Cultural heritage / Kultúrne dedičstvo

The main aim of the panel is to discuss key theoretical concepts, methodological approaches, thematic directions and any pressing issues concerning ethnological/anthropological research on cultural heritage in the 21st century. Scientific discourse on cultural heritage is complex, diverse and not without contradictory interpretations. It reflects the fact that heritage is not value-neutral. What is or what is not defined as heritage is usually a result of political or power relations, although various actors enter and influence the process, too. 
UNESCO with its Conventions has been the strongest global player with a significant impact on heritage identification and evaluation, yet it reduces scientific knowledge and expertise including anthropological one through governmental representatives. Ulf Hannerz described UNESCO strategies and practices as “cultural engineering” based on nation-state logics and global governance. Cultural heritage has become an object of political and economic agenda in every country. It has been a subject of protection and preservation, but at the same time a commodity, a tool for becoming an economic asset. The panel will focus on broad anthropological perspectives on cultural heritage in the contemporary world.

Researchers are invited to submit original papers addressing any of the following research questions and related themes in five sessions:

  • Theoretical reflections: What are the main challenges, topics and theoretical and methodological approaches to researching heritage (both tangible and intangible) from an ethnological/anthropological perspective? 
  • Representation: who are the main actors in the process of „heritagisation“ – in the process of identification and designation of cultural phenomena as cultural heritage? What is the role of co-operation, partnerships and co-creation in the process of interpretation and reinterpretation or production and reproduction of heritage? What is the place of heritage transmission from an intergenerational or gender perspective in contemporary societies?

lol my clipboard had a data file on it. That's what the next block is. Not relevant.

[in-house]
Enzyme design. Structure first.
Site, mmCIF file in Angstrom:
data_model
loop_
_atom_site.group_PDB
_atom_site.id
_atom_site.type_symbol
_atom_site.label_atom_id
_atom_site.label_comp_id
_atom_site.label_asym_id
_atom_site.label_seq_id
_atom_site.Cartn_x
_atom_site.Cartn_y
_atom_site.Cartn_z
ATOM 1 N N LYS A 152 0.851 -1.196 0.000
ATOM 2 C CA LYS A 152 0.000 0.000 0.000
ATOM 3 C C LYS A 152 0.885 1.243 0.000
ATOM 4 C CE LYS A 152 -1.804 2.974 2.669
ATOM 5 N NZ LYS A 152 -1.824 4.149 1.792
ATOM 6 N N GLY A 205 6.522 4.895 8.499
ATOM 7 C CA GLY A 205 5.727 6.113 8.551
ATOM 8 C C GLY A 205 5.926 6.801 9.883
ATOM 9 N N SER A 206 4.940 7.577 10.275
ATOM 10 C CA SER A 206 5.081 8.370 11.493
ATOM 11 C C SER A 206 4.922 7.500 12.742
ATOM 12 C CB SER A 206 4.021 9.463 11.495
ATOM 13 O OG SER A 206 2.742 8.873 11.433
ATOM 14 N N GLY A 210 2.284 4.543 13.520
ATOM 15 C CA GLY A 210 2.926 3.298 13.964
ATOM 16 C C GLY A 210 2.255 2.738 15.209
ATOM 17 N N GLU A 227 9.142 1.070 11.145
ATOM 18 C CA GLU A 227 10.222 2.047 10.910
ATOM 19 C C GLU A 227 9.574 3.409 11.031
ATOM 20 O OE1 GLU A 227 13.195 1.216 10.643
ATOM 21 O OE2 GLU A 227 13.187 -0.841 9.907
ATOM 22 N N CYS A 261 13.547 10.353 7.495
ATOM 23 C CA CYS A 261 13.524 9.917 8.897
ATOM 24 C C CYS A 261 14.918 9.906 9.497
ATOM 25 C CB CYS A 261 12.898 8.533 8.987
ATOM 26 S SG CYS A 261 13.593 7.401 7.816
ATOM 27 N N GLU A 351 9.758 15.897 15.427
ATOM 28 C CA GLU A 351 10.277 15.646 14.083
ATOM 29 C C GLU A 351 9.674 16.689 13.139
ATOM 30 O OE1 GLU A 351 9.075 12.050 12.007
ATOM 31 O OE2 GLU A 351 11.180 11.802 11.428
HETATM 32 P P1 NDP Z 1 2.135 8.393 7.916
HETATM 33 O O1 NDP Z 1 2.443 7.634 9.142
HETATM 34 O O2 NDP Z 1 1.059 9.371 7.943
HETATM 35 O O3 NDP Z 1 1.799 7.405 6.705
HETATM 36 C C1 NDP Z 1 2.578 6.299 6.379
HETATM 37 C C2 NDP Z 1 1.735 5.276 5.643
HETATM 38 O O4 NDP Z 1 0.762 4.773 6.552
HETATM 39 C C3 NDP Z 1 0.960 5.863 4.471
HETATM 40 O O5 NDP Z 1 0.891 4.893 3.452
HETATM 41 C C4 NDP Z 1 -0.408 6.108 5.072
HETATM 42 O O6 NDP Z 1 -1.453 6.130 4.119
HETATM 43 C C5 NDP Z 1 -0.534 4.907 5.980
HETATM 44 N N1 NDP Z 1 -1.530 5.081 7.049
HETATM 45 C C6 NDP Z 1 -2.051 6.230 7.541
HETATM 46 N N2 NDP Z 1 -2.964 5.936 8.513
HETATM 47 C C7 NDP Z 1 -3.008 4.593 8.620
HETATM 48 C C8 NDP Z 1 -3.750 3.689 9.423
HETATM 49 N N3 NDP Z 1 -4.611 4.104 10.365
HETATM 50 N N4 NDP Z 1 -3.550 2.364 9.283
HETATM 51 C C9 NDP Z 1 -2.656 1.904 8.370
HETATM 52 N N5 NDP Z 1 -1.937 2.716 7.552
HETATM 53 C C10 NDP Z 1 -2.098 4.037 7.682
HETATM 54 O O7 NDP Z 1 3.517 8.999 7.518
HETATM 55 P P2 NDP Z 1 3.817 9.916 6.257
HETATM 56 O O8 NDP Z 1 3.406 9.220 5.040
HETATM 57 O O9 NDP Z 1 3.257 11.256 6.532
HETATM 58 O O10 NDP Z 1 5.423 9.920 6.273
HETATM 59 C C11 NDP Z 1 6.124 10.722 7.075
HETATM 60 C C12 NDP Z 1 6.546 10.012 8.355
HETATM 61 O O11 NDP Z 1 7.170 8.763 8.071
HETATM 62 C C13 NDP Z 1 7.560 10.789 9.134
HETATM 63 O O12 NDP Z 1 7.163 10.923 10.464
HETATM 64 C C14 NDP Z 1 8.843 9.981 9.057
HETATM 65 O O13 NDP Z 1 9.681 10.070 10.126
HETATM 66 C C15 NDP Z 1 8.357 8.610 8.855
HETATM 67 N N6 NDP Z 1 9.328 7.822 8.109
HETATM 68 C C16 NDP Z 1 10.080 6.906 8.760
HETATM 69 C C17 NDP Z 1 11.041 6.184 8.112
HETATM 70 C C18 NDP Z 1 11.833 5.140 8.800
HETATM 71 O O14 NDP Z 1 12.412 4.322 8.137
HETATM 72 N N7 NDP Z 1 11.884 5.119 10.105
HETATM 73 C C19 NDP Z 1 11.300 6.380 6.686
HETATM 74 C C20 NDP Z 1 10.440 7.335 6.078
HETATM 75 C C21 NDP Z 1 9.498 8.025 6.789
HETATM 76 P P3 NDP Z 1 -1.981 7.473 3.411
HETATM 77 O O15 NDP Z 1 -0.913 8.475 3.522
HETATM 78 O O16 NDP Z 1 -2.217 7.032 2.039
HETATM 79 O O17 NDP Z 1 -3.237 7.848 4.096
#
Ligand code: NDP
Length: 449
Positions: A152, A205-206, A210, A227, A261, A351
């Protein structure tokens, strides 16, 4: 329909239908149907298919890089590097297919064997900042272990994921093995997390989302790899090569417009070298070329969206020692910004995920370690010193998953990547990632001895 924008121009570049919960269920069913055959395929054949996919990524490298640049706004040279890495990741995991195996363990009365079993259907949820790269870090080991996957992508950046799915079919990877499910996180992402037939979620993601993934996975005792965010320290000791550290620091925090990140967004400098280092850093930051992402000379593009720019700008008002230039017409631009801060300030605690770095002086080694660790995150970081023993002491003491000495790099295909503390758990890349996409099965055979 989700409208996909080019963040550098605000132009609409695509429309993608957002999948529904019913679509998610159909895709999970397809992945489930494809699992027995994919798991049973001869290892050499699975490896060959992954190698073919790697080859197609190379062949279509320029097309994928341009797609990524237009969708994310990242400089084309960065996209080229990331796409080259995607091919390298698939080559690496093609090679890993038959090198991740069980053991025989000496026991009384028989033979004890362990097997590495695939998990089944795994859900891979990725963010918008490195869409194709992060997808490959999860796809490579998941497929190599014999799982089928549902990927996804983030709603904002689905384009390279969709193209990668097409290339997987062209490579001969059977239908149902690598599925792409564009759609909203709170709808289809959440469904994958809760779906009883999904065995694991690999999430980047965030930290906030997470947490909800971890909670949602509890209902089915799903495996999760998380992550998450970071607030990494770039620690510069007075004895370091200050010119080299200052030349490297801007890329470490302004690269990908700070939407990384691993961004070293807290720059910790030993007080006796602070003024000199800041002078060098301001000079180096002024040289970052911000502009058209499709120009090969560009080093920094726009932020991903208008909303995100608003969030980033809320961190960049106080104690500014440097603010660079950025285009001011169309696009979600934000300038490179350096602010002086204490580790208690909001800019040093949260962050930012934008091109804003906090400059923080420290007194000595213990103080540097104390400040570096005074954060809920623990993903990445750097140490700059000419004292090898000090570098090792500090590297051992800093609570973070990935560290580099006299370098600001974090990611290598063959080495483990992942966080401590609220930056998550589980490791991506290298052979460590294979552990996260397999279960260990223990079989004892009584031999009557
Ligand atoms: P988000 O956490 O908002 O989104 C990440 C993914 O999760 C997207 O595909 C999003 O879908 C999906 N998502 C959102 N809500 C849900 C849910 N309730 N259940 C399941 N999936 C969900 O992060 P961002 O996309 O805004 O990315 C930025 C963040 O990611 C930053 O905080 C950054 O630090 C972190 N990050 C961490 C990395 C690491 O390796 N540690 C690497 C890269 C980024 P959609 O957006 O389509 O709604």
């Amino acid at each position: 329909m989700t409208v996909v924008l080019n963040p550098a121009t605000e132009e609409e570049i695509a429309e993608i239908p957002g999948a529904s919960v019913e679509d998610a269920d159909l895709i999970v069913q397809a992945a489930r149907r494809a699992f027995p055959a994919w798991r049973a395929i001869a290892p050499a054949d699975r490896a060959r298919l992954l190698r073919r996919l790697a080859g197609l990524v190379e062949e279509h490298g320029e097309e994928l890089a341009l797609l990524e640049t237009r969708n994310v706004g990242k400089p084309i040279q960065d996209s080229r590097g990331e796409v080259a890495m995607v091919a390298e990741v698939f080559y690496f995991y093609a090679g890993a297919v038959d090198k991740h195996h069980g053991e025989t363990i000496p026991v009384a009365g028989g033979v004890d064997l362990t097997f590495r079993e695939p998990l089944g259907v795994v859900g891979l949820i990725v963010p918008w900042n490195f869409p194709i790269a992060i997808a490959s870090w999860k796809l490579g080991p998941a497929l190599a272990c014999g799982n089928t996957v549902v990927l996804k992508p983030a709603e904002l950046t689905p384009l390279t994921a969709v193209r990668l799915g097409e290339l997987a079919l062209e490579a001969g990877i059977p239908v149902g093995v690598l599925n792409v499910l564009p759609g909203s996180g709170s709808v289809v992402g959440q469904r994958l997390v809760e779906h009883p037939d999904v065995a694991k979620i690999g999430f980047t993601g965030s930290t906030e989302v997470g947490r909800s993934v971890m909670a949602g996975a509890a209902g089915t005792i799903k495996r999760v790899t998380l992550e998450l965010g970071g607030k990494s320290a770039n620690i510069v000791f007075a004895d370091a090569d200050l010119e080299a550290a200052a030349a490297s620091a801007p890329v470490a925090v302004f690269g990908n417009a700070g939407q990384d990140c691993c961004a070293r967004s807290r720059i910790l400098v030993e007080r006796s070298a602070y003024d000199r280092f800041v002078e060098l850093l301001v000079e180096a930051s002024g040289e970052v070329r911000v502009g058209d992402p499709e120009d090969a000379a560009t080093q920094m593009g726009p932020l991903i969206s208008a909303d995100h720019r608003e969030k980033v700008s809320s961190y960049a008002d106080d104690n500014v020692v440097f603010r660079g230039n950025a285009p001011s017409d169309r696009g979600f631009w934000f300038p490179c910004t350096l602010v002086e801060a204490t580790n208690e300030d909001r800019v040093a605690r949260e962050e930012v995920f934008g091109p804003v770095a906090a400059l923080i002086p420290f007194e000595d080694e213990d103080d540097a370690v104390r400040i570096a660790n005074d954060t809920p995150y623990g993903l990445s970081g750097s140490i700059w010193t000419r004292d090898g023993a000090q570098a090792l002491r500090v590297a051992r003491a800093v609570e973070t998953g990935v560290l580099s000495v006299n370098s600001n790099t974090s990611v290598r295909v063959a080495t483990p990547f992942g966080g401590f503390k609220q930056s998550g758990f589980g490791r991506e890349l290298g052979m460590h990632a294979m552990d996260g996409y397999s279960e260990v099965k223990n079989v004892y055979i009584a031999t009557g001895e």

• Intangible cultural heritage: What are the main criteria and dimensions required to identify intangible cultural heritage? How do practitioners, community leaders, experts and political authorities evaluate the qualities and sustainability of intangible cultural heritage? How do these evaluations take place? How are local communities involved in decision-making on intangible heritage?
  • Best practices and application: What are the tools and means (best practices) of understanding, protection, production and reproduction of heritage (including different forms of education, digitalisation, social media, etc.)?
  • Economy and regional development: What is the role of cultural heritage in local economy, tourism, social and cultural innovation?  How can heritage become a significant economic asset in local/regional development, while safeguarding its values, symbols and meanings of the past and their importance for the present and the future?

Chaired by

Alexandra Bitušíková


Alexandra Bitušíková: Cultural heritage and grassroots activism in Slovakia
(Institute of Ethnology, Slovak Acdemy of Sciences, Bratislava, Slovakia) 

The paper discusses the growth and impact of grassroots activism on cultural heritage in the Slovak urban environment in the second decade of the 21st century. It is based on Jacobsson and Saxonberg’s (2013) and Jacobsson´s (2015) approach to studying urban movements in Central and Eastern Europe. It focuses on grassroots activism as a very important way of civic engagement in urban heritage practices and development. The key objective is to present the case of heritage-related urban activism in the city of Banská Štiavnica (registered on the World Heritage List since 1993), particularly the case of the Calvary – an important pilgrimage place that was a crucial component of religious life of local communities for more than 200 years since 1751. The paper builds on ethnographic methods of participant observation, interviews and textual analysis of local resources.

Tamas Regi: The Anthropology of Heritage and Tourism: an Ethiopian Case
(Kodolányi János University of Applied Sciences, Székesfehérvár, Hungary; Visiting Research Fellow,University of Oxford, UK)